Theoretical and experimental aeroelastic study for folding wing structures

Journal Article

Folding wing aeroelastic experimental models have been designed and tested in the Duke wind tunnel. The folding wing structure is also modeled theoretically using linear plate theory and divided into three components: the fuselage, the inboard wing, and the outboard wing. A component modal analysis is used to derive the full structural equations of motion for the combined system. A three-dimensional time domain vortex lattice aerodynamic model is used in conjunction with the structural model to investigate the stability of the linear aeroelastic system. The effects of the inboard and outboard torsional stiffness at the attachment points between the components and also the folding angle at the interface lines are discussed. The theoretical and experimental results provide new insights into the folding wing aircraft dynamic behavior and a deeper understanding of aeroelastic stability and its potential impact on a folding wing design. Copyright © 2008 by the American Institute of Aeronautics and Astronautics, Inc. All rights reserved.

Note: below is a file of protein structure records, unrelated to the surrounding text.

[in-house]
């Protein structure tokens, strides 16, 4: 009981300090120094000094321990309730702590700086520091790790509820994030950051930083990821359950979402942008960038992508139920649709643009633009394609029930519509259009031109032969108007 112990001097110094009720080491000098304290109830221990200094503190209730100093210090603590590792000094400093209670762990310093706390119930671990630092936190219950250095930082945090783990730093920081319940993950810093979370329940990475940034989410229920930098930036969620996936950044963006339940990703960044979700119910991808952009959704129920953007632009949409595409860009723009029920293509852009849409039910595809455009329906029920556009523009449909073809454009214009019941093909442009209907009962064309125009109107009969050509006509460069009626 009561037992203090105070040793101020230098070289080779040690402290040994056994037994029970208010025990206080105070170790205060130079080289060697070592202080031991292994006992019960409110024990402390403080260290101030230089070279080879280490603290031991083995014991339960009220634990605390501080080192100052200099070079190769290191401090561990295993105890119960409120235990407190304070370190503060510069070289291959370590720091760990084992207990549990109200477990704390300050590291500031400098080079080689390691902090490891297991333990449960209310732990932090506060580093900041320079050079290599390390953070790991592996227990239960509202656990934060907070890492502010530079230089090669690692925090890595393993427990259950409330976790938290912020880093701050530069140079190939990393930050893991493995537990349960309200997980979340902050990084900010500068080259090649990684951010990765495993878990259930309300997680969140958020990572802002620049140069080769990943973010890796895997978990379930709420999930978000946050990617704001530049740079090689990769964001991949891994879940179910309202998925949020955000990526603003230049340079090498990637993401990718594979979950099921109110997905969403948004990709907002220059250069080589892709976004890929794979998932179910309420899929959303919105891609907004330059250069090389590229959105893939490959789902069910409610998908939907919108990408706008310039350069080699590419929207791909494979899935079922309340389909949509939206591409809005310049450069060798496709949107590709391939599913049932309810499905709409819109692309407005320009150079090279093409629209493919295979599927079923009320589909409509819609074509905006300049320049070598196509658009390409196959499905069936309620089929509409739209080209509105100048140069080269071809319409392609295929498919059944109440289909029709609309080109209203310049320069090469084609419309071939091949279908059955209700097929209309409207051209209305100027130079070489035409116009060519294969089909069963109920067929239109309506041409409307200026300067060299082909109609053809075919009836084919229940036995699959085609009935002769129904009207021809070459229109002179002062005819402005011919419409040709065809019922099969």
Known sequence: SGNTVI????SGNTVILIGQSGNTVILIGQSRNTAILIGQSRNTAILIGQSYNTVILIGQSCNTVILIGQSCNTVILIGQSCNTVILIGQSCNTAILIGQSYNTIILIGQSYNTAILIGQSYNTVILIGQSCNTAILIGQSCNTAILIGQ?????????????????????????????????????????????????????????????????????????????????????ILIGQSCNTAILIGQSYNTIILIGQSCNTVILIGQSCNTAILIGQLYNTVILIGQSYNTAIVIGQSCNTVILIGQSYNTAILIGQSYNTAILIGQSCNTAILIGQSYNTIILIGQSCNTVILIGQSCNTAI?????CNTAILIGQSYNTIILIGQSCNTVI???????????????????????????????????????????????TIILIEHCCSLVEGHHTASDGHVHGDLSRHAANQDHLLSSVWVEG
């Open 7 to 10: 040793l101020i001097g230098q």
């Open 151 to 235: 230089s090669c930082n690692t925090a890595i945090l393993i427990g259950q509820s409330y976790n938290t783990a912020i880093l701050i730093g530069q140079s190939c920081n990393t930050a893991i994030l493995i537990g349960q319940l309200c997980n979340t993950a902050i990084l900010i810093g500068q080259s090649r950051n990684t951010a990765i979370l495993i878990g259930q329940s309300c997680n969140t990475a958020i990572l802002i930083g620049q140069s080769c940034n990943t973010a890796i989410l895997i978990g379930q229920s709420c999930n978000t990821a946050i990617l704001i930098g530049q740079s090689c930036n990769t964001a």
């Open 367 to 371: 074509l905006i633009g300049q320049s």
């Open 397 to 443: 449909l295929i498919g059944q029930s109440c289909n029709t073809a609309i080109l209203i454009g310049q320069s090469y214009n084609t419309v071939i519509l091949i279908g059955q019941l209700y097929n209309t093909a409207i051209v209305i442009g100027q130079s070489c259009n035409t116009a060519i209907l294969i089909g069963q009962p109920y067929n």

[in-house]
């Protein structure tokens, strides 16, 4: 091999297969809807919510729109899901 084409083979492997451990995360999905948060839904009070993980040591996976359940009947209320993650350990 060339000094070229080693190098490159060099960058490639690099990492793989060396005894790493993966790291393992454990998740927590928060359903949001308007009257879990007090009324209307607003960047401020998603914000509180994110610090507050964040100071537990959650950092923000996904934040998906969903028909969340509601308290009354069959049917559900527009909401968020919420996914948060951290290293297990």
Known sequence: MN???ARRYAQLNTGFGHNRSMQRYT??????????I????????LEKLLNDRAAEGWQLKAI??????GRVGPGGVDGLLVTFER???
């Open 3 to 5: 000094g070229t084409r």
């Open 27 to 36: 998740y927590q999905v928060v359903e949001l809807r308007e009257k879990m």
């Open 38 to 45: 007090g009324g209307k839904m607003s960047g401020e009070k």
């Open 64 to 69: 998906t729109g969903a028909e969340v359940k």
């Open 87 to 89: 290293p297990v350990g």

Full Text

Duke Authors

Cited Authors

  • Tang, D; Dowell, EH

Published Date

  • 2008

Published In

Volume / Issue

  • 45 / 4

Start / End Page

  • 1136 - 1147

International Standard Serial Number (ISSN)

  • 0021-8669

Digital Object Identifier (DOI)

  • 10.2514/1.32754